Tilda Swinton in a Cate Blanchett wannabe styling is unfortunate. Talented actress, brilliant character ... wooden and totally plebian performance. She was as menacing as my senile Aunt Ruth in the bath ... and Aunt Ruth wins only because she is nekkid.
I have a gripe about the sets in Narnia. I know it should be looked at with the eyes of a child but for the love of God, don't make it look like a high school production! The tents especially really annoyed me. Which alcoholic, Parkinson-ridden, colour blind set painter did they get to fabric paint the tents? The sets were so lame that they kept distracting me from the dialogue. That really pissed me off. If you are going to spend so much bloody money on the special effects at least budget some for better sets.
The snow covered visage after leaving the wardrobe was a pale consolation. Bland and failing to evoke any sense of wonder or awe, it could have been any Nordic landscape. Just stick a lamp post in it. Where's the glistening icicles? Where's the reflection of the amber glow from the lamp post on the frozen skeins of leaves? Where's the sparkling snowflakes more glittery than a thousand diamonds? Where the hell are the set designers? And the lighting guys??!!!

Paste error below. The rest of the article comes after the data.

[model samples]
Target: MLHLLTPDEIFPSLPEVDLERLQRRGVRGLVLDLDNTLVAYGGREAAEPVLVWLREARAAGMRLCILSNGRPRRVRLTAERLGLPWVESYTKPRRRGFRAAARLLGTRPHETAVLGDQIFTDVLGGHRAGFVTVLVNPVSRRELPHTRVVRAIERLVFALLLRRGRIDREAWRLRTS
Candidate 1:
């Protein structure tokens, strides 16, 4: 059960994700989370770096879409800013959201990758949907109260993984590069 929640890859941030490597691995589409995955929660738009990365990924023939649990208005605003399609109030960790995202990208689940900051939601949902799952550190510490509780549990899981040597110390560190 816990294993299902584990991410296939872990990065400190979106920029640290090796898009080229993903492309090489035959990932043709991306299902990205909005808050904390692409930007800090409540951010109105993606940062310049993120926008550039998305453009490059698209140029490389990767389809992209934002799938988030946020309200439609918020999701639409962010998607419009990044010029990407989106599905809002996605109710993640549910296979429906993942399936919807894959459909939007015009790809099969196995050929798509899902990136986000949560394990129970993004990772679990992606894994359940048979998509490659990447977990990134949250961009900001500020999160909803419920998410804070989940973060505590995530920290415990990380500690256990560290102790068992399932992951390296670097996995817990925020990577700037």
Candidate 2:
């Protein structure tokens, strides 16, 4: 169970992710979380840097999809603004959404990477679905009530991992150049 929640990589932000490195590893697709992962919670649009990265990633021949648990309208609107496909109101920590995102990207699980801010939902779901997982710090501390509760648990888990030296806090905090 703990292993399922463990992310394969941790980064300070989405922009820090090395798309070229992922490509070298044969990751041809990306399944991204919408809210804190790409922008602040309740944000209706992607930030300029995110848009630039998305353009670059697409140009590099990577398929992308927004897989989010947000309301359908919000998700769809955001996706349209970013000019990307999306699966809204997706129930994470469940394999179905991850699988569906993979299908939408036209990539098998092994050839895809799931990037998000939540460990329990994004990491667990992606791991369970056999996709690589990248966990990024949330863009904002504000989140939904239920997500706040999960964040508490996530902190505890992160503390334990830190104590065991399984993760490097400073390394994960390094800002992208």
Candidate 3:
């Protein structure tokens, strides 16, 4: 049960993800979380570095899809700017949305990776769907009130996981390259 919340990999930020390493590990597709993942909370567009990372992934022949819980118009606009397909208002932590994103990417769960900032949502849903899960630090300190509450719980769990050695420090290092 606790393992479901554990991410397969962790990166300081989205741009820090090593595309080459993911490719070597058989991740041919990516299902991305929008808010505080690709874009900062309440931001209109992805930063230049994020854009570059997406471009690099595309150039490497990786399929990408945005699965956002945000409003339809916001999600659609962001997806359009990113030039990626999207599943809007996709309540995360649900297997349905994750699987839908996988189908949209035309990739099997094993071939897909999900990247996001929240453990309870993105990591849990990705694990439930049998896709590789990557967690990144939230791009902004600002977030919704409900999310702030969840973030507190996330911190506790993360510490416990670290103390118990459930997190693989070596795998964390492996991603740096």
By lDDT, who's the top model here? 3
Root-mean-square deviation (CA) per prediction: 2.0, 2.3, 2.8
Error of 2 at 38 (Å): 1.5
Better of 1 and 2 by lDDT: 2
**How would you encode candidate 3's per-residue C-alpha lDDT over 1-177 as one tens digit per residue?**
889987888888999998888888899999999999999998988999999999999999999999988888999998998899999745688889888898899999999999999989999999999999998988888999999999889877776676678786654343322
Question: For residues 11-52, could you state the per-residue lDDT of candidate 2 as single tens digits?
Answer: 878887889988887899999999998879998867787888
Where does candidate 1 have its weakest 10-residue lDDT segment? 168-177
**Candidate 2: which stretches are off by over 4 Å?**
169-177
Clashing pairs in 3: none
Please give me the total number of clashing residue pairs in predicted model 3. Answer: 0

I like CGI. In fact, I love CGI but Aslan was an oxymoron. I was impressed yet disappointed. I could see many kids sniggering at a talking lion. It just was not impressive enough. The full majesty, nobility and charisma of Aslan was not brought to life at all. You became distracted by the CGI artists' masturbatory glee in their own cleverness with each lock of quivering fur in the wind. Aslan's eyes had as much emotion as my Tickle Me Elmo. The technician in me appreciated the technical ability. The artist is me hated the lack of soul.